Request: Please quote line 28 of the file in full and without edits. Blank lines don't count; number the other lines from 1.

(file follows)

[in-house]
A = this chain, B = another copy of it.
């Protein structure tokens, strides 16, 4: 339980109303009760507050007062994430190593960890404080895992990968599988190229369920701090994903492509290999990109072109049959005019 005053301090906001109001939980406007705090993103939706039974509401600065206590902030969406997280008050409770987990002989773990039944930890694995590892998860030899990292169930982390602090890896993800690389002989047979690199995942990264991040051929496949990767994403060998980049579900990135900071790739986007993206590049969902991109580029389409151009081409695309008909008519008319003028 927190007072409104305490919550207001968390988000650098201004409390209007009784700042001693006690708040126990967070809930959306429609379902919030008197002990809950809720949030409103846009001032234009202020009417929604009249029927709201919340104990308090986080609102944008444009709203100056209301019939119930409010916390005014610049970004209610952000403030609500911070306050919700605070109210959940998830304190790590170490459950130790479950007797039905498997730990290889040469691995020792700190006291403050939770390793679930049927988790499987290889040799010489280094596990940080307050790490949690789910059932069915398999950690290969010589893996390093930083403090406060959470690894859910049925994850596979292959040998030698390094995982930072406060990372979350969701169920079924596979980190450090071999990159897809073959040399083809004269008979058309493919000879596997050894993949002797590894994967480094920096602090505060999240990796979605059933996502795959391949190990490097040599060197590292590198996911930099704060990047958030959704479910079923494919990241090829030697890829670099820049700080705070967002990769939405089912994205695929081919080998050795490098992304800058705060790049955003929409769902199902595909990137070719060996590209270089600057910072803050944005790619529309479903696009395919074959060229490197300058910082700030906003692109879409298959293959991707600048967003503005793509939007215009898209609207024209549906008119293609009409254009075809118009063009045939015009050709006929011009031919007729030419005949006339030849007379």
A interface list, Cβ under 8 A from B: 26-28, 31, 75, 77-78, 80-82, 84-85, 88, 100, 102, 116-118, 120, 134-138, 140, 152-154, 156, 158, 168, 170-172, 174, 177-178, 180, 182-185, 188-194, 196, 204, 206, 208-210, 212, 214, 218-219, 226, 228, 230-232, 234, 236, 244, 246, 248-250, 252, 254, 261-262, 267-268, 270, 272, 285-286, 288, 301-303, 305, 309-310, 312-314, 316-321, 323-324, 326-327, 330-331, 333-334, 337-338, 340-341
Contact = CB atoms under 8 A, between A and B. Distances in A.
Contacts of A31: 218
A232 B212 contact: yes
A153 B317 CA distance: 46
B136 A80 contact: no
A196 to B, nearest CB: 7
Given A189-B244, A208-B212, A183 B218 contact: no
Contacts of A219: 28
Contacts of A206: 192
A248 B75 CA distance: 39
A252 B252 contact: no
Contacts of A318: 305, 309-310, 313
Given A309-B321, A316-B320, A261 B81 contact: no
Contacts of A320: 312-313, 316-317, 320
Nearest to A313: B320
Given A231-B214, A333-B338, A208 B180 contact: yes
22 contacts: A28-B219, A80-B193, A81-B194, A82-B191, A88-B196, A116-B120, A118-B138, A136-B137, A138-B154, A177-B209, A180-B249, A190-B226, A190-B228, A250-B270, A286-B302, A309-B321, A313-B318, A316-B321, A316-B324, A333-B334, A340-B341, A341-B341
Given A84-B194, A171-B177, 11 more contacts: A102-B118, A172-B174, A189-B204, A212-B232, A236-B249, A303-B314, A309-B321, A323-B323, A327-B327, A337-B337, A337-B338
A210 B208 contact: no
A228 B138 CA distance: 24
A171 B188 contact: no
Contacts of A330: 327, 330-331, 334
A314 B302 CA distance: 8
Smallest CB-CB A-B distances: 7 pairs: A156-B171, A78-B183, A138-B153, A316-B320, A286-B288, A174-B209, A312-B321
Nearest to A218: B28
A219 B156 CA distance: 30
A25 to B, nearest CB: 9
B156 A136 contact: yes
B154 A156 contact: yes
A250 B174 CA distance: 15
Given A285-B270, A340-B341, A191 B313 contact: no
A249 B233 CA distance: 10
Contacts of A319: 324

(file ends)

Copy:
Smallest CB-CB A-B distances: 7 pairs: A156-B171, A78-B183, A138-B153, A316-B320, A286-B288, A174-B209, A312-B321